In FIG. 6, an OLED display 5 an OLED display 5 includes includes a glass substrate 31, an anode 32, a hole injection layer 33, an organic emitter layer 35, an electron transport layer 37, a cathode 39, and a filter layer 40. The OLED display 5 of FIG. 6 is adapted to not emit light beyond 630 nm in that includes a filter layer 40 that reduces or eliminates the amount of light emitted by OLED display 5 having a wavelength above 630 nm.

Although described in regards to a wavelength limit of 630 nm, it is contemplated that alternative embodiments may have different wavelength limits. As such, some embodiments may be adapted to reduce or eliminate light emissions above one or more of the following wavelengths: 550 nm, 575 nm, 600 nm, 650 nm, and 700 nm.

It is also contemplated that in may be beneficial to adapt any AMLCD modules 7 as described herein such that they emit substantially no infrared and/or ultraviolet light. Such adaptation could be accomplished by utilizing OLED displays 5 such as described in relation to FIGS. 4-6, and/or by using one or more filters to filter light emitted by the backlight 1 and/or the display module 7.

In some instances, such AMLCD modules 7 and/or OLED backlights 1 may have at least two operating states during which the plurality of OLED displays emit light. In such instances a first operating state may correspond to a day time visibility mode, and a second operating state may correspond to a NVIS mode. For embodiments that utilize current changes to red sub pixels to change modes, switching between the first operating state and the second operating state while a pattern displayed by the LCD display remains constant causes the current provided to red sub-pixels of the display to vary to a greater extent than it causes current provided to non-red sub pixels to vary.

Claims

1. An apparatus comprising a backlight, the backlight including a plurality of organic light emitting diode (OLED) devices arranged behind a diffuser.

2. The apparatus of claim 1 wherein the apparatus is a liquid crystal display (LCD).

3. The apparatus of claim 2 wherein the apparatus is an active matrix liquid crystal display (AMLCD).

4. The apparatus of claim 2 wherein the diffuser separates the plurality of organic light emitting diode (OLED) devices from a liquid crystal display (LCD).

5. The apparatus of claim 4 wherein the apparatus has at least two operating states during which the plurality of OLED displays emit light, wherein switching between the first operating state and the second operating state while a pattern displayed by the LCD display remains constant causes the current provided to red sub-pixels of the display to vary to a greater extent than it causes current provided to non-red sub pixels to vary.

6. The apparatus of claim 4 wherein the OLED displays are adapted to minimize light emissions above 630 nm.

7. The apparatus of claim 4 wherein the OLED displays each comprise a filter layer between a white light emitting layer and the diffuser.

8. The apparatus of claim 4 wherein the OLED displays each comprise a light emitting layer where substantially all of the light emitted from the light emitting layer has a wavelength less than 630 nm.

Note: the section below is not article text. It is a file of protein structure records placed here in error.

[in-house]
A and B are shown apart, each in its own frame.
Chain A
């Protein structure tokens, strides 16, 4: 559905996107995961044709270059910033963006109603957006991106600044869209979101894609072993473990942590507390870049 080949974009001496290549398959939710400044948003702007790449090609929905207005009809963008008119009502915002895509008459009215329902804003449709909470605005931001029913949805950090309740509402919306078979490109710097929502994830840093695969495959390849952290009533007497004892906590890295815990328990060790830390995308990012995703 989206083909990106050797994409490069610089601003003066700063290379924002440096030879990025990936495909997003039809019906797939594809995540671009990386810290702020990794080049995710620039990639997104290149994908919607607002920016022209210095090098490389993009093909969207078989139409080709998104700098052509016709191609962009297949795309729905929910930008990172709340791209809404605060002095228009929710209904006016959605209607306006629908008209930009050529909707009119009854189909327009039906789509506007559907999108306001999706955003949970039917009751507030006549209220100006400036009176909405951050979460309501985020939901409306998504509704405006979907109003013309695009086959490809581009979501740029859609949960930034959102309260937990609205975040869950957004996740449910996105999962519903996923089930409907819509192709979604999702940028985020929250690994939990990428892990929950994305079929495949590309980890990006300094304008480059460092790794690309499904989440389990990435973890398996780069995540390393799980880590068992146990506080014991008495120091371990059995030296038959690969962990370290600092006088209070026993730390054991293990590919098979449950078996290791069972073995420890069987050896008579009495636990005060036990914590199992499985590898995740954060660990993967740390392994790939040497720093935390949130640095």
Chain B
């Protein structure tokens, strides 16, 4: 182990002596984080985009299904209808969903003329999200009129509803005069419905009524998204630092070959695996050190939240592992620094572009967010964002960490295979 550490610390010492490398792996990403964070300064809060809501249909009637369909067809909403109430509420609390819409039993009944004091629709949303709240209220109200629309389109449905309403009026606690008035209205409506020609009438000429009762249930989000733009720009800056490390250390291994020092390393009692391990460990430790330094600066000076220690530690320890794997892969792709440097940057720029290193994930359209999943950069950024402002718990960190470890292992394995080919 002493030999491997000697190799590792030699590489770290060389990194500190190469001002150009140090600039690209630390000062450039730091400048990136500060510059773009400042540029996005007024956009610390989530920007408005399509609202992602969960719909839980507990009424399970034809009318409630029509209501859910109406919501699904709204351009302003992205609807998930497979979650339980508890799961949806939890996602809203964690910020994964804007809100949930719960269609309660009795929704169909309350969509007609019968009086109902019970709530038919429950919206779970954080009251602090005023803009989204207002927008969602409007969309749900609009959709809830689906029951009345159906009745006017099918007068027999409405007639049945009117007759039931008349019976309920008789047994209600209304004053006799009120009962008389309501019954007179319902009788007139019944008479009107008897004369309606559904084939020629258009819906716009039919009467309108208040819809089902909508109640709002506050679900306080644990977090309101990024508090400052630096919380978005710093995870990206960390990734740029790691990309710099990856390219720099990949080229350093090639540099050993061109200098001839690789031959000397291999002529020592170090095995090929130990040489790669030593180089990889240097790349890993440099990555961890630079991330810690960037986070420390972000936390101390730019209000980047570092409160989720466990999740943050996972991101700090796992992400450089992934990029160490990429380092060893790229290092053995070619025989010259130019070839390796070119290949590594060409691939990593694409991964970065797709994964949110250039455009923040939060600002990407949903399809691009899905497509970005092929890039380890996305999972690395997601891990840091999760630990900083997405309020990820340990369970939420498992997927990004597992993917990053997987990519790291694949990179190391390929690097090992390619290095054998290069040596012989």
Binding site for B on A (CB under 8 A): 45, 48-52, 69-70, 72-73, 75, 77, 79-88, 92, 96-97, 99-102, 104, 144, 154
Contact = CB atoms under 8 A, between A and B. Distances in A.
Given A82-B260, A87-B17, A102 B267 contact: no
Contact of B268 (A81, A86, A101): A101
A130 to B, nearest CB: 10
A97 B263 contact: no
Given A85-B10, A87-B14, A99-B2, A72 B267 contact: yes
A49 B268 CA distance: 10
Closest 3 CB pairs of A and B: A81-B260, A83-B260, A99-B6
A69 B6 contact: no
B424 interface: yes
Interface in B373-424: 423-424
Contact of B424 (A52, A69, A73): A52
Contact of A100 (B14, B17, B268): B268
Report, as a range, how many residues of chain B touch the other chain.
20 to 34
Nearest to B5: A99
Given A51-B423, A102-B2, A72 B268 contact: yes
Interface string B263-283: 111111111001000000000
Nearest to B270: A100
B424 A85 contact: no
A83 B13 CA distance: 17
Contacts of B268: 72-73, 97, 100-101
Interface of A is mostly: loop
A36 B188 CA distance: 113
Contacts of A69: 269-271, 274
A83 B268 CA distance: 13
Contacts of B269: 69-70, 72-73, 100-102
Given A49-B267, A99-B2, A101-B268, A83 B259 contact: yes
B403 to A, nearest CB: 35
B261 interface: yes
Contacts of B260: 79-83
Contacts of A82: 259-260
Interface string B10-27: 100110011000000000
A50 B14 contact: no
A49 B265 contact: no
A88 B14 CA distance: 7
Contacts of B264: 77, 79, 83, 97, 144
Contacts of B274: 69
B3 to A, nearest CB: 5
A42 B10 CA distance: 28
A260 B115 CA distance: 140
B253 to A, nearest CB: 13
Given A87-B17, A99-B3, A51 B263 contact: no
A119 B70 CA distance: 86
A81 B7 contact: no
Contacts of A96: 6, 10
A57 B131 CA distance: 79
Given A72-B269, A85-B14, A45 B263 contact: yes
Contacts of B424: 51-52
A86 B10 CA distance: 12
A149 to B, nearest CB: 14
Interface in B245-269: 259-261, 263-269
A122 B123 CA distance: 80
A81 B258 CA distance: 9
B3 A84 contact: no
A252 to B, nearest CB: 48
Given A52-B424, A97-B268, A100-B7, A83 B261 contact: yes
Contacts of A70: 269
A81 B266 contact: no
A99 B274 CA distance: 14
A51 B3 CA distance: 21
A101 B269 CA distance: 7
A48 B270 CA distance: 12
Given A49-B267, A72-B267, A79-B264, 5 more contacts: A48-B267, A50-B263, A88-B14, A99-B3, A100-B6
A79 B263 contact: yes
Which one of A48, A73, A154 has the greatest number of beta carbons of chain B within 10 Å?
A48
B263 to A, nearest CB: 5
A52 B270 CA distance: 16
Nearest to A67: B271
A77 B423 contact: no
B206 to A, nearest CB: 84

9. The apparatus of claim 2 wherein the LCD has a diagonal measurement of at least 10 inches.

10. The apparatus of claim 1 wherein the backlight does not emit infrared light.

11. The apparatus of claim 1 wherein the backlight does not emit ultra violet light.

12. The apparatus of claim 1 wherein the OLED displays are positioned such that a gap separates adjacent OLED displays, and the width of the gap between any two OLED displays is at least 0.2 inches.

13. The apparatus of claim 1 wherein the OLED displays are positioned such that a gap separates adjacent OLED displays, and the width of the gap between any two adjacent OLED displays is at least 10% of the width of the two adjacent OLED displays.

14. An active matrix liquid crystal display module comprising:

an active matrix liquid crystal display panel; and
a backlight assembly; wherein
the backlight assembly comprises at least one diffuser and a plurality of organic light emitting diode devices; and
the diffuser is positioned between the liquid crystal display panel and the plurality of organic light emitting diode devices.

15. The apparatus of claim 14 wherein substantially all of the light emitted by the display has a wavelength of less than 630 nm.

16. A method of backlighting an active matrix liquid crystal diode display comprising:

providing a plurality of organic light emitting diode displays;
providing a diffuser; and
arranging the plurality of OLED displays behind the diffuser such that the diffuser is positioned between the plurality of OLED displays and an active matrix liquid crystal display panel.

17. The method of claim 16 further comprising:

reducing the amount of current provided to red sub-pixels of the OLED displays to place the display in a night time visibility mode.

18. The method of claim 16 further comprising:

increasing the amount of current provided to red sub-pixels of the OLED displays to place the display in a day time visibility mode.

Patent History

Publication number: 20060187378
Type: Application
Filed: Feb 18, 2005
Publication Date: Aug 24, 2006
Inventors: Ban Bong (Calabasas, CA), Ragini Saxena (Simi Valley, CA)
Application Number: 11/062,195

Classifications

Current U.S. Class: 349/69.000
International Classification: G02F 1/1335 (20060101);